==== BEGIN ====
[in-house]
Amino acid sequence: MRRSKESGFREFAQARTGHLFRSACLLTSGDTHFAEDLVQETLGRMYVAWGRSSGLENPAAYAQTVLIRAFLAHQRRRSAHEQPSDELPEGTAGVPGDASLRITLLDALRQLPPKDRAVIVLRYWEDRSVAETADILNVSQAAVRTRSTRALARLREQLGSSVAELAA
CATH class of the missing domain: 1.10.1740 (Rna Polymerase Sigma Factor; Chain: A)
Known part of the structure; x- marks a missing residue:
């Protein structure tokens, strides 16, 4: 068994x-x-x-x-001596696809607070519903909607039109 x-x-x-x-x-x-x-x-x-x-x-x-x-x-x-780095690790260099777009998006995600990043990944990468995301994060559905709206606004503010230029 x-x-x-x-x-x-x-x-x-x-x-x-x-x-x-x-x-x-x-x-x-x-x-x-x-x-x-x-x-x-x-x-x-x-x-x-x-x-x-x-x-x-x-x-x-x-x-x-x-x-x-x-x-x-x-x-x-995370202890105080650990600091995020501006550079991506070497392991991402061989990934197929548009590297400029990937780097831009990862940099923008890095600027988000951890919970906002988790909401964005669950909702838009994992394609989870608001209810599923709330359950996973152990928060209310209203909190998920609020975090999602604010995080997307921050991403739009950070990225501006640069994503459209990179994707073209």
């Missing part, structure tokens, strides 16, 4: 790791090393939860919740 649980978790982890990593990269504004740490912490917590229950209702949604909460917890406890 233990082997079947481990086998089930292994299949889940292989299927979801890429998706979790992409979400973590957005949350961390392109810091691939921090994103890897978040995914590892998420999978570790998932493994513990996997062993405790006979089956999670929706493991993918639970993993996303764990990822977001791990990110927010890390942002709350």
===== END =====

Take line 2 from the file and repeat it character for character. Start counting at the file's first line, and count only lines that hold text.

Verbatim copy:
Amino acid sequence: MRRSKESGFREFAQARTGHLFRSACLLTSGDTHFAEDLVQETLGRMYVAWGRSSGLENPAAYAQTVLIRAFLAHQRRRSAHEQPSDELPEGTAGVPGDASLRITLLDALRQLPPKDRAVIVLRYWEDRSVAETADILNVSQAAVRTRSTRALARLREQLGSSVAELAA